What is product liability law, and when is it applicable?
Product Liability is a legal term that refers to a manufacturer’s, distributor’s, and/or seller’s culpability if a customer is harmed by a defective product. Manufacturers are not required to produce products that are accident-proof, but they are required to uphold a set of standards. Additionally, sellers must conduct reasonable inspections of the goods they sell and manufacturers are responsible for testing and inspecting the products they produce.
Product liability lawsuits are made when someone is hurt as a result of a product’s defect. These are based on state laws, which can differ from state to state. They may differ in the following ways:
- Statutes of limitation – the time frame you have in which to take legal action
- Liability standards – what must happen for someone to be responsible for what happened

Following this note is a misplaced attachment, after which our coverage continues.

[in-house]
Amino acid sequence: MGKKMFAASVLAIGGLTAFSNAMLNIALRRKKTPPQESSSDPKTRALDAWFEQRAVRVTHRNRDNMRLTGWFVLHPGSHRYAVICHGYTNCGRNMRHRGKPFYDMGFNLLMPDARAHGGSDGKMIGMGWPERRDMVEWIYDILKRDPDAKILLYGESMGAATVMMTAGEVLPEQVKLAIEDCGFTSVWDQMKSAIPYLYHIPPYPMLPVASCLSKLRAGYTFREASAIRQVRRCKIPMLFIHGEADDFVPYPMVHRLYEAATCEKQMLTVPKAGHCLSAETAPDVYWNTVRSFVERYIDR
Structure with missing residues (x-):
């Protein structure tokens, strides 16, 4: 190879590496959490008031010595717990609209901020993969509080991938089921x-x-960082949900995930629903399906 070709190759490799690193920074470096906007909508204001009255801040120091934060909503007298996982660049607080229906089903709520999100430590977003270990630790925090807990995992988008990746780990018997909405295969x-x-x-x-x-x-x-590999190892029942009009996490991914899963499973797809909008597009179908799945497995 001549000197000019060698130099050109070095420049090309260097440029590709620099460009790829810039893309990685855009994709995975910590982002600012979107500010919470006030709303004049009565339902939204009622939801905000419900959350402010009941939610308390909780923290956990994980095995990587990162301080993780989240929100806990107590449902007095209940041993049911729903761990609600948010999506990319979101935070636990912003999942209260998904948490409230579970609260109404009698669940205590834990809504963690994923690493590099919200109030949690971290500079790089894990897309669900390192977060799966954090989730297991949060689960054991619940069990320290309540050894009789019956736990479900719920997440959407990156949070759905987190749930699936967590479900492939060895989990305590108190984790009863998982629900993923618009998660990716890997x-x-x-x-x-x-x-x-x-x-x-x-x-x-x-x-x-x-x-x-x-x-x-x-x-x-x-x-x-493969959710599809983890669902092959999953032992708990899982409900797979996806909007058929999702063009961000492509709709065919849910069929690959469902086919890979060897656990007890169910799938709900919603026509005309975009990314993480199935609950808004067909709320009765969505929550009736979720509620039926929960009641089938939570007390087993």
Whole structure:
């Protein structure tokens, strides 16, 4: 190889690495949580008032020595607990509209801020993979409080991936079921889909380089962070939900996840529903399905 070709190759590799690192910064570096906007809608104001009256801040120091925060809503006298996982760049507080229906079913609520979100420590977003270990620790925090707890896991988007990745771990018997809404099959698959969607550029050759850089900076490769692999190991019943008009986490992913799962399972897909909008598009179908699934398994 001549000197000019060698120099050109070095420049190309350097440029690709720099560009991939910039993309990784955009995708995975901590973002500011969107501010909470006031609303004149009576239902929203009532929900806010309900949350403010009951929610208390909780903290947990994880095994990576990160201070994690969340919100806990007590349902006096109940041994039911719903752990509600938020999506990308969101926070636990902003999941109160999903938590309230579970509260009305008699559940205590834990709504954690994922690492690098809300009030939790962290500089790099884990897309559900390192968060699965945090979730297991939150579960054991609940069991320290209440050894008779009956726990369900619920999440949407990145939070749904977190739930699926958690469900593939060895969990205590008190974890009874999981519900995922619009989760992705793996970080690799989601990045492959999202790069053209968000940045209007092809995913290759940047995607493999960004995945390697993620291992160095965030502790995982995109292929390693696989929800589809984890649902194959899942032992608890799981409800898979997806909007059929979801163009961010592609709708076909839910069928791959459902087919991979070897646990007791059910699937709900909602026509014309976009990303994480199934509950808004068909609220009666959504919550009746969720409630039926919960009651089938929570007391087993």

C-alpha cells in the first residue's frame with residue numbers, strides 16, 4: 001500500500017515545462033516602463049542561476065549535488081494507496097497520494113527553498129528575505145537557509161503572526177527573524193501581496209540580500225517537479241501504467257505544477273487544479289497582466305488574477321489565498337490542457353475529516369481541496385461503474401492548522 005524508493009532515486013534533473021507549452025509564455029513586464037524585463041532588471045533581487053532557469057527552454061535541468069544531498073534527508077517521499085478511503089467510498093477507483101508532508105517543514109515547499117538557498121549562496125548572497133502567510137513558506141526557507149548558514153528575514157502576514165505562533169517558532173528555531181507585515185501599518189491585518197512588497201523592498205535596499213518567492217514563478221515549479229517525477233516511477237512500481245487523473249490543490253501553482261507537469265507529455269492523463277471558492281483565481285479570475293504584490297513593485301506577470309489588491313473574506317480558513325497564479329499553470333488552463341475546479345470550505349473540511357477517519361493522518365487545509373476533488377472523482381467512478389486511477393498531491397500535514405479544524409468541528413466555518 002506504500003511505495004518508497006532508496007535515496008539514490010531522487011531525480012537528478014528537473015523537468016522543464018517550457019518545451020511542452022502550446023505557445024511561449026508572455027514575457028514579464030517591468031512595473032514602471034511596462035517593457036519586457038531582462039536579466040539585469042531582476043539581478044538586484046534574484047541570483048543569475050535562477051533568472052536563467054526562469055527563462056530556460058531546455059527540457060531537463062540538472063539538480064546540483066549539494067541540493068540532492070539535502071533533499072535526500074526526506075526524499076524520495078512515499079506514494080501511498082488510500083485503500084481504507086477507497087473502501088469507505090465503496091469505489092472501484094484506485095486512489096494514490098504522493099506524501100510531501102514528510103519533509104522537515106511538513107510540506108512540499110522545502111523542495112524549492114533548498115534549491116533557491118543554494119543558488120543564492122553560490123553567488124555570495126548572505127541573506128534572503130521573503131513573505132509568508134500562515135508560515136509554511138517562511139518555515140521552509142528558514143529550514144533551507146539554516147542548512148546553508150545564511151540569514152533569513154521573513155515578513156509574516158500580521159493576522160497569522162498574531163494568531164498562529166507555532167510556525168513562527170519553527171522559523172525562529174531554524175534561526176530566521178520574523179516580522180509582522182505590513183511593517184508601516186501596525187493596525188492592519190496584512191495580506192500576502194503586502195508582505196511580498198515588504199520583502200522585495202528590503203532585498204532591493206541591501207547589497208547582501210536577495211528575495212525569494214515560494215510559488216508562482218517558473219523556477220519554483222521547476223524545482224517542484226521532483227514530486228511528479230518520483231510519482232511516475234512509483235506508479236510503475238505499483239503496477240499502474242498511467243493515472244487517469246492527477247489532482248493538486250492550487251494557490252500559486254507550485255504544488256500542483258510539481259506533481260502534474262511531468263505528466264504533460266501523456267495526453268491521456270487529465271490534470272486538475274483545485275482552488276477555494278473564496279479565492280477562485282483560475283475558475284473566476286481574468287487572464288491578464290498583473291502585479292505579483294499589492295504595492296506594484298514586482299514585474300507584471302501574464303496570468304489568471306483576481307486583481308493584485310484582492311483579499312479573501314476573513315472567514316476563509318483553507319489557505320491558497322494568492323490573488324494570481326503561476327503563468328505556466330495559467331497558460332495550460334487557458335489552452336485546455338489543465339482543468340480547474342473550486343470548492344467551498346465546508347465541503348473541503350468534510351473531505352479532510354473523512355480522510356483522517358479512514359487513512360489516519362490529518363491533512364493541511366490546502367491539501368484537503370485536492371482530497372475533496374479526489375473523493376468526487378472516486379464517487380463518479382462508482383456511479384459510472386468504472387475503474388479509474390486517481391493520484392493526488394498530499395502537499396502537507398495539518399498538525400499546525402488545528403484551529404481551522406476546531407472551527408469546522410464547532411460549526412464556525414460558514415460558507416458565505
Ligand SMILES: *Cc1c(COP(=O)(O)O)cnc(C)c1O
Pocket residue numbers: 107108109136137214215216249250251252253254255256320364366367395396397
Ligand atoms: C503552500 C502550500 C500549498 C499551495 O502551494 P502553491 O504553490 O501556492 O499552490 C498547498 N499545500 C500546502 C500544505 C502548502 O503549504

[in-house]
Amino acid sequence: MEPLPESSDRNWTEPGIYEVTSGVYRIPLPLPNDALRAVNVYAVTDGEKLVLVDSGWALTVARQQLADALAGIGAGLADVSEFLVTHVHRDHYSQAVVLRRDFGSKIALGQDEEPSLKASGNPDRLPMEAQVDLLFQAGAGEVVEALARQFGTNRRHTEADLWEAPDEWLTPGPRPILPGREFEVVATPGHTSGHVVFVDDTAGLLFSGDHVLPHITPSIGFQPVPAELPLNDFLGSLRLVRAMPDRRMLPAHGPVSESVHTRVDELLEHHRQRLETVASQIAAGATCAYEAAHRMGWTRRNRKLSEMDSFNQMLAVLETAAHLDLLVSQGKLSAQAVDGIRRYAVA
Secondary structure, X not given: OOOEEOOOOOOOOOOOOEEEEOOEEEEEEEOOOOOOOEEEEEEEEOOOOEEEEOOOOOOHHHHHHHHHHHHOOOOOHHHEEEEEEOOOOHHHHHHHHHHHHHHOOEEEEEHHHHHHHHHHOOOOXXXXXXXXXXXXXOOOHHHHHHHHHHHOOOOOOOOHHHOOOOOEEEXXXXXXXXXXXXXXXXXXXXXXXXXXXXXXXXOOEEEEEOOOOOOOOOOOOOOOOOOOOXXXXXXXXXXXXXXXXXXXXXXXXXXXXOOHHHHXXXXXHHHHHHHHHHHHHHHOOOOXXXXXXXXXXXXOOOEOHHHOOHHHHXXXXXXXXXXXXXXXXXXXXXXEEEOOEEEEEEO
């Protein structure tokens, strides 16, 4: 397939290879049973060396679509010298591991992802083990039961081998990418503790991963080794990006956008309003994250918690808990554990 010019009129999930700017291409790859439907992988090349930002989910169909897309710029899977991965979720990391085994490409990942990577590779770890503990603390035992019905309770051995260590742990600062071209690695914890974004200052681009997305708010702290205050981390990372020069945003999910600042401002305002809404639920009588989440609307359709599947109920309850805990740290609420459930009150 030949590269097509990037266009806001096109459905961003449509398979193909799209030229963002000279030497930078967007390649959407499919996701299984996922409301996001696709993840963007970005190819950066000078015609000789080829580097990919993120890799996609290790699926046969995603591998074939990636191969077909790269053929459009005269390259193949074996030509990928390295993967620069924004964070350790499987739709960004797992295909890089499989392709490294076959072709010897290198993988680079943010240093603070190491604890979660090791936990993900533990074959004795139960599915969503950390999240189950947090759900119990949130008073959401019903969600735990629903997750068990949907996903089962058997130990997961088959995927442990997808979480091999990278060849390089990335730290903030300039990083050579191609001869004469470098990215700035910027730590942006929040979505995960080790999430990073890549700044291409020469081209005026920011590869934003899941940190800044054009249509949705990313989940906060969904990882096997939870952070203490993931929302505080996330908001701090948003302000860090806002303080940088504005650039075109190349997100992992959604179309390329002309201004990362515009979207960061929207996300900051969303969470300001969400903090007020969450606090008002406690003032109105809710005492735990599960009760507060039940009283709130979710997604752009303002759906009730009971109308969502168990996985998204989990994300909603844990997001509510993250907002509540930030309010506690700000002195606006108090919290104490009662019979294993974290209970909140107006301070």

- Caps – an upper limit of the liability
- Innocent seller statute – under this statute, a seller of a defective product whose only liability exists because it’s part of the product’s distribution chain may be released from liability
- Joint liability – in states with this condition, each party involved in the manufacture and distribution of a faulty product can be independently liable for injuries that occur, to the full extent of the injuries
Who Is Responsible?
The many parties involved in producing, transporting, storing, and selling goods to clients are all included in the distribution chain, and any one of them could be held accountable. Multiple companies may manufacture different product components, while a different company altogether assembles the final product.
Defects can also be described in a variety of ways, including design flaws that were present even before the manufacturing process started. Then there are mistakes that might happen both in the actual manufacturing process and during marketing, such as falsely representing the product.
There are some items, such as medications, weapons, and knives, that cannot be made safe while still serving the original purpose, which is another factor to consider.
In instances that fall under the purview of product liability law, defendants will claim that the injured party has not presented sufficient proof of liability. They could also allege that the defendant mishandled the product or altered it, rendering it faulty.